Re "The audacity of democracy," Opinion, Sept. 16
Akhil Reed Amar's breathless encomium to the U.S. Constitution misunderstands the nature of the new government created 225 years ago.
Far from being the world's first democratic country, the U.S. was still a decentralized confederation. The federal government could do little to end slavery, leaving it up to the states to decide whether they would emancipate African Americans. Nor could it restrain states like Georgia from dispossessing the Native Americans. And even the Bill of Rights did nothing to protect citizens from the depredations of state governments, for the first 10 amendments only limited the power of the federal government.
Nor is Amar's story of a gradual expansion of democratic rights under the Constitution convincing. It took a bloody Civil War to alter the flawed regime created by the framers in 1787 and to begin the still-incomplete process of extending equal rights to all Americans.
The writer is an associate professor of history at UCLA.
Amar writes: "Before the American Revolution, no regime in history — not ancient Athens, not republican Rome, not Florence nor the Swiss nor the Dutch nor the British — had ever successfully adopted a written constitution by special popular vote." This is an overstatement.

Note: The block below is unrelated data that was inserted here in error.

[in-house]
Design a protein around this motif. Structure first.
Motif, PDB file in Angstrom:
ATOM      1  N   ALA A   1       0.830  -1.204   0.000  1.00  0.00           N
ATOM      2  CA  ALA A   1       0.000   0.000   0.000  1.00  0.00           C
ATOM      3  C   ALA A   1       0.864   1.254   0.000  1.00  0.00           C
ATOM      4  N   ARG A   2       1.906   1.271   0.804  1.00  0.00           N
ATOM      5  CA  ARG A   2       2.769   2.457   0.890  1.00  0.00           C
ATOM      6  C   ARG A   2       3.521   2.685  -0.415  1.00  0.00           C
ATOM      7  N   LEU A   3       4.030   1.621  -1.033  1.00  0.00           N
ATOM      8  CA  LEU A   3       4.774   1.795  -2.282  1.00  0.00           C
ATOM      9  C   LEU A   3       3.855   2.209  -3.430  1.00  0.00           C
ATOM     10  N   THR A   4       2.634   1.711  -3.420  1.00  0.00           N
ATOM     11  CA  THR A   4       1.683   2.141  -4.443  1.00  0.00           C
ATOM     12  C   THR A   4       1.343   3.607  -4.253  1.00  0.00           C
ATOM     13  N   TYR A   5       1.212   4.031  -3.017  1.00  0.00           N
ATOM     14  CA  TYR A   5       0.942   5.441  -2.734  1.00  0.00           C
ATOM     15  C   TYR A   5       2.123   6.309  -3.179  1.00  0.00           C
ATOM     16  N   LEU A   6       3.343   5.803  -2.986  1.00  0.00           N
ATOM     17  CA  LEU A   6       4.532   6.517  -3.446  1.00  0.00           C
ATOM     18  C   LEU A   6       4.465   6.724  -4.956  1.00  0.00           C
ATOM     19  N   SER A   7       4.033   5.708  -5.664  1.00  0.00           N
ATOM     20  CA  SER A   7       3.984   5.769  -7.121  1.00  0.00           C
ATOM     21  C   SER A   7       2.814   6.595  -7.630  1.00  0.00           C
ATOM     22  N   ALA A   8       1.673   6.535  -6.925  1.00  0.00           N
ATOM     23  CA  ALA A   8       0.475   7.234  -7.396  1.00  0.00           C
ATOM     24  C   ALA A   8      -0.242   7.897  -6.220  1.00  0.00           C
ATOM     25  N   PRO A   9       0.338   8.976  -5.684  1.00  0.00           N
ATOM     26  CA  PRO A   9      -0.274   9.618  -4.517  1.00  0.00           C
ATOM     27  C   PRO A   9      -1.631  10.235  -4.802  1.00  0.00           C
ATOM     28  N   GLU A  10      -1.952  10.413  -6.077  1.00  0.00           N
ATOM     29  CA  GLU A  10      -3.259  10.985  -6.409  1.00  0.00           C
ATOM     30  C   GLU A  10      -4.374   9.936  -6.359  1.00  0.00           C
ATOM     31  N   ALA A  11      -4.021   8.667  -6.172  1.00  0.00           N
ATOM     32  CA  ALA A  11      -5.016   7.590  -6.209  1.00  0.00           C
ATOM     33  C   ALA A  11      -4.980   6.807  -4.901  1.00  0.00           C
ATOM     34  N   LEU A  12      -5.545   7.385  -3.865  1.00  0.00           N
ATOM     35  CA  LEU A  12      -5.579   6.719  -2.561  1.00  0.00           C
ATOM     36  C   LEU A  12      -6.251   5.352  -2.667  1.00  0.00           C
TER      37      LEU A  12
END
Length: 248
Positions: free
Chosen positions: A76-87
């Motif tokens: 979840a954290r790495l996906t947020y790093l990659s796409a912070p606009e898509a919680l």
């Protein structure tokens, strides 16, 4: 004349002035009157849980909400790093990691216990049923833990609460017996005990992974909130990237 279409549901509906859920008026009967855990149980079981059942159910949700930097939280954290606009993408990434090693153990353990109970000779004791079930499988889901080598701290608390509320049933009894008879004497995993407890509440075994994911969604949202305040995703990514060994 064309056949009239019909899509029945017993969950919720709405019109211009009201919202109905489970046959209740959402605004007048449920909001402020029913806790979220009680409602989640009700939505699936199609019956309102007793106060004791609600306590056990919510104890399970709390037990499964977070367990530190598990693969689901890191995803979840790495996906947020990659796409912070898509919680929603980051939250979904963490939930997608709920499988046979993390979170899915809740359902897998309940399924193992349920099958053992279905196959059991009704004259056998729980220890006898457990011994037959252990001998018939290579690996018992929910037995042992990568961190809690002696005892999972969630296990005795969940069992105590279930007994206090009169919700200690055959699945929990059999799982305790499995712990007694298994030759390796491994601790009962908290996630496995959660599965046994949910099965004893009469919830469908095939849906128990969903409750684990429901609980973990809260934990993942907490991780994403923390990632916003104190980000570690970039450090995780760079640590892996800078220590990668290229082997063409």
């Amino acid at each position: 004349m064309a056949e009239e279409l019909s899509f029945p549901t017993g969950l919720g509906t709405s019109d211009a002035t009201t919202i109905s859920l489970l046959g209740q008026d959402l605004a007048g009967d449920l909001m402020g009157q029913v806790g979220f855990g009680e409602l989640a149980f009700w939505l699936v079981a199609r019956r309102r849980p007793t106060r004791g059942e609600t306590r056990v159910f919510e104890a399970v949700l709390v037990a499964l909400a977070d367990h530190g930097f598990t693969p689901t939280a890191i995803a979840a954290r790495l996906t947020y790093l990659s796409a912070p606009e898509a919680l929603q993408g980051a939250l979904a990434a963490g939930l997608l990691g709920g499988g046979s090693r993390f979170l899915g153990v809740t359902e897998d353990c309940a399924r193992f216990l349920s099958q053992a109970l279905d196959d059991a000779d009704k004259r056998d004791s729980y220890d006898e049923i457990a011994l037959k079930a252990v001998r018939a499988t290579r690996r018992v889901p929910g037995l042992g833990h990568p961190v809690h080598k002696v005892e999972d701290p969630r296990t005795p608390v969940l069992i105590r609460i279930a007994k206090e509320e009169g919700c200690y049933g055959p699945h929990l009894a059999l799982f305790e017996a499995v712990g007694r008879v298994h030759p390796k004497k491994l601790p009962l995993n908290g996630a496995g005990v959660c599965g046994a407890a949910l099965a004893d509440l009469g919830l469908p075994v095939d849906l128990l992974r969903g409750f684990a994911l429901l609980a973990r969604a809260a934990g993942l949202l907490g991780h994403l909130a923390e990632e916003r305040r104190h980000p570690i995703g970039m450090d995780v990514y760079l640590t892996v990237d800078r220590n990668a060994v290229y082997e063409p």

It isn't difficult to find examples contradicting Amar. For instance, during the 5th century BC, the Roman republic prepared and adopted via popular assent the Laws of the 12 Tables. These laws were prepared by a commission of 10 individuals, were obeyed by both the patricians and the plebeians, and were accessible to every citizen.
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To have the Constitution's 225th anniversary fall during such a zany presidential campaign seems a bit surreal.
It's fine that the two major parties offer contrasting visions for our country's future. The constitutional line is crossed, however, when one party underscores the dearth of references to God in the other's platform and otherwise avers that its candidate is more a man of faith than his opponent.
This shameful tactic ignores what the Constitution's framers took care to emphasize: that "no religious test shall ever be required as a qualification" for public office.
The Constitution as well as the Declaration of Independence were forged through cooperation and compromise by people with very different points of view. It is ironic that if today's "tea party," with its philosophy of no compromise, had been in charge in the 1700s, these sacred documents might never have been created.
So much for "taking us back to our roots."
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